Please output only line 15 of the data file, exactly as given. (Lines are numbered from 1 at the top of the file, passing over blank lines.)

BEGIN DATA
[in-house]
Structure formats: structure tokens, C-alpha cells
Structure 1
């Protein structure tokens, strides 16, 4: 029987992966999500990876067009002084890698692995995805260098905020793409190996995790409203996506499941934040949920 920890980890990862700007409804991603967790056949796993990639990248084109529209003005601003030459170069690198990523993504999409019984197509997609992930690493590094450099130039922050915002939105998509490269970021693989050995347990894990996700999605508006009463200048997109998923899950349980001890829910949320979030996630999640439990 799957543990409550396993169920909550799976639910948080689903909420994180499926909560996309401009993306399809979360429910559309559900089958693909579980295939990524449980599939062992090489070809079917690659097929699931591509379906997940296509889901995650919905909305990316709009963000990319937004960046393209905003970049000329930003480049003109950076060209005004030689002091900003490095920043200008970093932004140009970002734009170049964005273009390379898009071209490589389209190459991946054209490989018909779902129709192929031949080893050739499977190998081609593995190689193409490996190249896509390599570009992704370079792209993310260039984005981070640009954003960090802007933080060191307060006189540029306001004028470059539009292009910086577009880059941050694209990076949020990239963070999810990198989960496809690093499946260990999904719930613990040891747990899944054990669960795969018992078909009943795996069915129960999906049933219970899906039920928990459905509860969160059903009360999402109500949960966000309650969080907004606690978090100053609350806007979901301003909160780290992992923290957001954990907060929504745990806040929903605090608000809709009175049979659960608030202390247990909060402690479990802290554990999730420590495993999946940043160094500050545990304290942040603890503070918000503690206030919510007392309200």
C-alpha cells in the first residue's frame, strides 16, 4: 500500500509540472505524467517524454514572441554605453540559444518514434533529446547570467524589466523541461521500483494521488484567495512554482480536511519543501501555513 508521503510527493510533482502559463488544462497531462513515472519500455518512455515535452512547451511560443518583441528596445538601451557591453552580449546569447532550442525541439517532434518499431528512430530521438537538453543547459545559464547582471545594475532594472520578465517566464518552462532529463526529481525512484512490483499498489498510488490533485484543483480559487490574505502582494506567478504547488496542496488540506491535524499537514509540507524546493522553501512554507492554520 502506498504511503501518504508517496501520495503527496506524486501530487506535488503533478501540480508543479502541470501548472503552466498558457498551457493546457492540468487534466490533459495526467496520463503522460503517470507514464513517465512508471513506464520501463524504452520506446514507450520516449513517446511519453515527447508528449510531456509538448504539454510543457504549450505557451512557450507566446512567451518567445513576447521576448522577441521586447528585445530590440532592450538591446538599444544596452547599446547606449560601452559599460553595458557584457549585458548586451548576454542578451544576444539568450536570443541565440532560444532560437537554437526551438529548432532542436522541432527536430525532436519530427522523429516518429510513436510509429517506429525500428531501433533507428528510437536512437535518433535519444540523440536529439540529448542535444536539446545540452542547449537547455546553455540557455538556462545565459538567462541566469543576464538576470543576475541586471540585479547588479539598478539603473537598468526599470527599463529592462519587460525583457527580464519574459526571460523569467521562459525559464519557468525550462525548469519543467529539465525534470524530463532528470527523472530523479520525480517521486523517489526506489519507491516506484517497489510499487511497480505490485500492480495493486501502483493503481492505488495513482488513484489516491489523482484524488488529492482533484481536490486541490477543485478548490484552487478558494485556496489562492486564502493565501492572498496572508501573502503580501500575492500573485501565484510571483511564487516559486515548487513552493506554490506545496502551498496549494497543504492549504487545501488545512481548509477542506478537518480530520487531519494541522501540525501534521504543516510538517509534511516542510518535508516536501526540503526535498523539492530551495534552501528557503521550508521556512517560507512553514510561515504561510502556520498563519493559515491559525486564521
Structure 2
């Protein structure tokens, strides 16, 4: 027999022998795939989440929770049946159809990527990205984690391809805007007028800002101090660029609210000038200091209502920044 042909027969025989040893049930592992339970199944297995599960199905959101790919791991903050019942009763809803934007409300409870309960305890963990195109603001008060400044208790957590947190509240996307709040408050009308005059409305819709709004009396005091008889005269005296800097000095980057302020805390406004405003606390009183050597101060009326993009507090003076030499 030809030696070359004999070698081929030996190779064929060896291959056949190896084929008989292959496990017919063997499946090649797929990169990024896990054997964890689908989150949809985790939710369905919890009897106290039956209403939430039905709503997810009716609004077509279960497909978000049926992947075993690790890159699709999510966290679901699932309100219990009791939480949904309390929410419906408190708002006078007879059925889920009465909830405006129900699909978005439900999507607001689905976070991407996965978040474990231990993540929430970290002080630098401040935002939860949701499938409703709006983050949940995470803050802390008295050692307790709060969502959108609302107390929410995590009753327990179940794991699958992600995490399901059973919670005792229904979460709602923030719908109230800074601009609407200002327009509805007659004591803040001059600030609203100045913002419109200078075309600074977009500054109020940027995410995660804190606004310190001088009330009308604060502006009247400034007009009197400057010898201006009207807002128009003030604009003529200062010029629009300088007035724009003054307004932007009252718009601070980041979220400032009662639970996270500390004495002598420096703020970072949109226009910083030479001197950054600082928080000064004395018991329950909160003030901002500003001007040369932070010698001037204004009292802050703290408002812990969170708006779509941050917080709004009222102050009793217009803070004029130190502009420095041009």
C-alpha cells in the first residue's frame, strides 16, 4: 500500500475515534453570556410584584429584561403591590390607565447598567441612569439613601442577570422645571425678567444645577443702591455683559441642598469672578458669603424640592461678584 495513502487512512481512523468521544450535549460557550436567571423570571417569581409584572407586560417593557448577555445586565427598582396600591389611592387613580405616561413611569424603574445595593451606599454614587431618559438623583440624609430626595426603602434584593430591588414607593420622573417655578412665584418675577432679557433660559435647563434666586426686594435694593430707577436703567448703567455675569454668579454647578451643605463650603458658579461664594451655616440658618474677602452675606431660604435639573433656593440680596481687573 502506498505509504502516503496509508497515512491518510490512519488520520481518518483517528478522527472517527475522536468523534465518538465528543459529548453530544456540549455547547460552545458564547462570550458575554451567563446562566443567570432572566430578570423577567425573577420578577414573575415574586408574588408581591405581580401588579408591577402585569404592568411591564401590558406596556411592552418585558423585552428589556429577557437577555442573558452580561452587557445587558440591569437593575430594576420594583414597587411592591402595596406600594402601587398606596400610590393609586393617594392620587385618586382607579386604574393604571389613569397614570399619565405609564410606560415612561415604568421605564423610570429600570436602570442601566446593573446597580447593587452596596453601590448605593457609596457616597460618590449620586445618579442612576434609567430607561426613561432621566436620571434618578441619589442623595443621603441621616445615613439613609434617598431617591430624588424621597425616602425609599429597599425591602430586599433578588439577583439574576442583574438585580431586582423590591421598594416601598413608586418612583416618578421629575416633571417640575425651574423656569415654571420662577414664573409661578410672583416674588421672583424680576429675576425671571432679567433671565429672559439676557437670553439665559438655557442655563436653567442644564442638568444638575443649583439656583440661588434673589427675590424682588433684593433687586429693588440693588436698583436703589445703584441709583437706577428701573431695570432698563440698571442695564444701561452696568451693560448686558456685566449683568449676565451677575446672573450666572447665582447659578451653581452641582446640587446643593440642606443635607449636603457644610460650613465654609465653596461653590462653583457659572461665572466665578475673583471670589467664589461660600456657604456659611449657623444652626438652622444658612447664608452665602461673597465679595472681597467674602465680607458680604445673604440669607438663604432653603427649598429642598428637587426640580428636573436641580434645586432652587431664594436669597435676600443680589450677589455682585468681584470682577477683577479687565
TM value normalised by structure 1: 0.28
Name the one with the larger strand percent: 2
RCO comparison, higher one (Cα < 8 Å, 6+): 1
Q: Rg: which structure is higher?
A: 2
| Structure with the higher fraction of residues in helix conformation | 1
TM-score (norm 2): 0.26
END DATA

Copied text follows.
TM-score (norm 2): 0.26